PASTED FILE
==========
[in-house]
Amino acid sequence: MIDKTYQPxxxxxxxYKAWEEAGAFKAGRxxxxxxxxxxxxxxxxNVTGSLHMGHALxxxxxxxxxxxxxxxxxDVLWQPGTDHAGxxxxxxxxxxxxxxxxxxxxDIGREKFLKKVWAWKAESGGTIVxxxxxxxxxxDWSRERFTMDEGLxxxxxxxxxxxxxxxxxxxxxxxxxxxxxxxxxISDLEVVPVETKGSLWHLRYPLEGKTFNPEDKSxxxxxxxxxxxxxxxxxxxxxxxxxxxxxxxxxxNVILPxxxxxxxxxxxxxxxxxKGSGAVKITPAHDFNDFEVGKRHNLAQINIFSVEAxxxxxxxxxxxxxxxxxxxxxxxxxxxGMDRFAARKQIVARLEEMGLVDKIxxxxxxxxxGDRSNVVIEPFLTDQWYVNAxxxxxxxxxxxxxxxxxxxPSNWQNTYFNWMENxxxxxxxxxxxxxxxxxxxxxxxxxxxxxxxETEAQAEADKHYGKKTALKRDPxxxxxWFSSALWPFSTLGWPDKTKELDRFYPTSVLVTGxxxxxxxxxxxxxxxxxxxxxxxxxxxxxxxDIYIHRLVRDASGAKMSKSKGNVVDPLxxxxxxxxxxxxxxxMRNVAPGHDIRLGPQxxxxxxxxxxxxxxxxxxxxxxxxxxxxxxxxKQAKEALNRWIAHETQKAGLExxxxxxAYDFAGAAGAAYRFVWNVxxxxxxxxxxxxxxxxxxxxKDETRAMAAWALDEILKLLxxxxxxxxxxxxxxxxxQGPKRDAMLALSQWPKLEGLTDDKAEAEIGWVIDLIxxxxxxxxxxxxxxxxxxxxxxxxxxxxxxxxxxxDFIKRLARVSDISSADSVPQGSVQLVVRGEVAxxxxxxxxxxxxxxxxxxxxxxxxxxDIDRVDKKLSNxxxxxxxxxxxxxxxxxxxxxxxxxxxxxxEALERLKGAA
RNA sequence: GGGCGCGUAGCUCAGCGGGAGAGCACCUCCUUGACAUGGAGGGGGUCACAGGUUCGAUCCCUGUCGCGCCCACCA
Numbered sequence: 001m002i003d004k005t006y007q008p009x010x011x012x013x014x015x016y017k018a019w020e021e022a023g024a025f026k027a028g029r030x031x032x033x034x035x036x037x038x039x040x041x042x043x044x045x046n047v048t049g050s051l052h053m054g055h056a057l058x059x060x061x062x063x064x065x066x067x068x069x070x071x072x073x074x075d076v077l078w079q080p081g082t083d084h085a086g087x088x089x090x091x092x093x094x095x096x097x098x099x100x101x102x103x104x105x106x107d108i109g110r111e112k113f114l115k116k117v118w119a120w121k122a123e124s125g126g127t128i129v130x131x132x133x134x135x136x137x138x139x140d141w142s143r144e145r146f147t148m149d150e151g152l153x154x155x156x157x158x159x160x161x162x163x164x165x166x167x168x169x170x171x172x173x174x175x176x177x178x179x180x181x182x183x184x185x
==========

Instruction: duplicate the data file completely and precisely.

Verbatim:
[in-house]
Amino acid sequence: MIDKTYQPxxxxxxxYKAWEEAGAFKAGRxxxxxxxxxxxxxxxxNVTGSLHMGHALxxxxxxxxxxxxxxxxxDVLWQPGTDHAGxxxxxxxxxxxxxxxxxxxxDIGREKFLKKVWAWKAESGGTIVxxxxxxxxxxDWSRERFTMDEGLxxxxxxxxxxxxxxxxxxxxxxxxxxxxxxxxxISDLEVVPVETKGSLWHLRYPLEGKTFNPEDKSxxxxxxxxxxxxxxxxxxxxxxxxxxxxxxxxxxNVILPxxxxxxxxxxxxxxxxxKGSGAVKITPAHDFNDFEVGKRHNLAQINIFSVEAxxxxxxxxxxxxxxxxxxxxxxxxxxxGMDRFAARKQIVARLEEMGLVDKIxxxxxxxxxGDRSNVVIEPFLTDQWYVNAxxxxxxxxxxxxxxxxxxxPSNWQNTYFNWMENxxxxxxxxxxxxxxxxxxxxxxxxxxxxxxxETEAQAEADKHYGKKTALKRDPxxxxxWFSSALWPFSTLGWPDKTKELDRFYPTSVLVTGxxxxxxxxxxxxxxxxxxxxxxxxxxxxxxxDIYIHRLVRDASGAKMSKSKGNVVDPLxxxxxxxxxxxxxxxMRNVAPGHDIRLGPQxxxxxxxxxxxxxxxxxxxxxxxxxxxxxxxxKQAKEALNRWIAHETQKAGLExxxxxxAYDFAGAAGAAYRFVWNVxxxxxxxxxxxxxxxxxxxxKDETRAMAAWALDEILKLLxxxxxxxxxxxxxxxxxQGPKRDAMLALSQWPKLEGLTDDKAEAEIGWVIDLIxxxxxxxxxxxxxxxxxxxxxxxxxxxxxxxxxxxDFIKRLARVSDISSADSVPQGSVQLVVRGEVAxxxxxxxxxxxxxxxxxxxxxxxxxxDIDRVDKKLSNxxxxxxxxxxxxxxxxxxxxxxxxxxxxxxEALERLKGAA
RNA sequence: GGGCGCGUAGCUCAGCGGGAGAGCACCUCCUUGACAUGGAGGGGGUCACAGGUUCGAUCCCUGUCGCGCCCACCA
Numbered sequence: 001m002i003d004k005t006y007q008p009x010x011x012x013x014x015x016y017k018a019w020e021e022a023g024a025f026k027a028g029r030x031x032x033x034x035x036x037x038x039x040x041x042x043x044x045x046n047v048t049g050s051l052h053m054g055h056a057l058x059x060x061x062x063x064x065x066x067x068x069x070x071x072x073x074x075d076v077l078w079q080p081g082t083d084h085a086g087x088x089x090x091x092x093x094x095x096x097x098x099x100x101x102x103x104x105x106x107d108i109g110r111e112k113f114l115k116k117v118w119a120w121k122a123e124s125g126g127t128i129v130x131x132x133x134x135x136x137x138x139x140d141w142s143r144e145r146f147t148m149d150e151g152l153x154x155x156x157x158x159x160x161x162x163x164x165x166x167x168x169x170x171x172x173x174x175x176x177x178x179x180x181x182x183x184x185x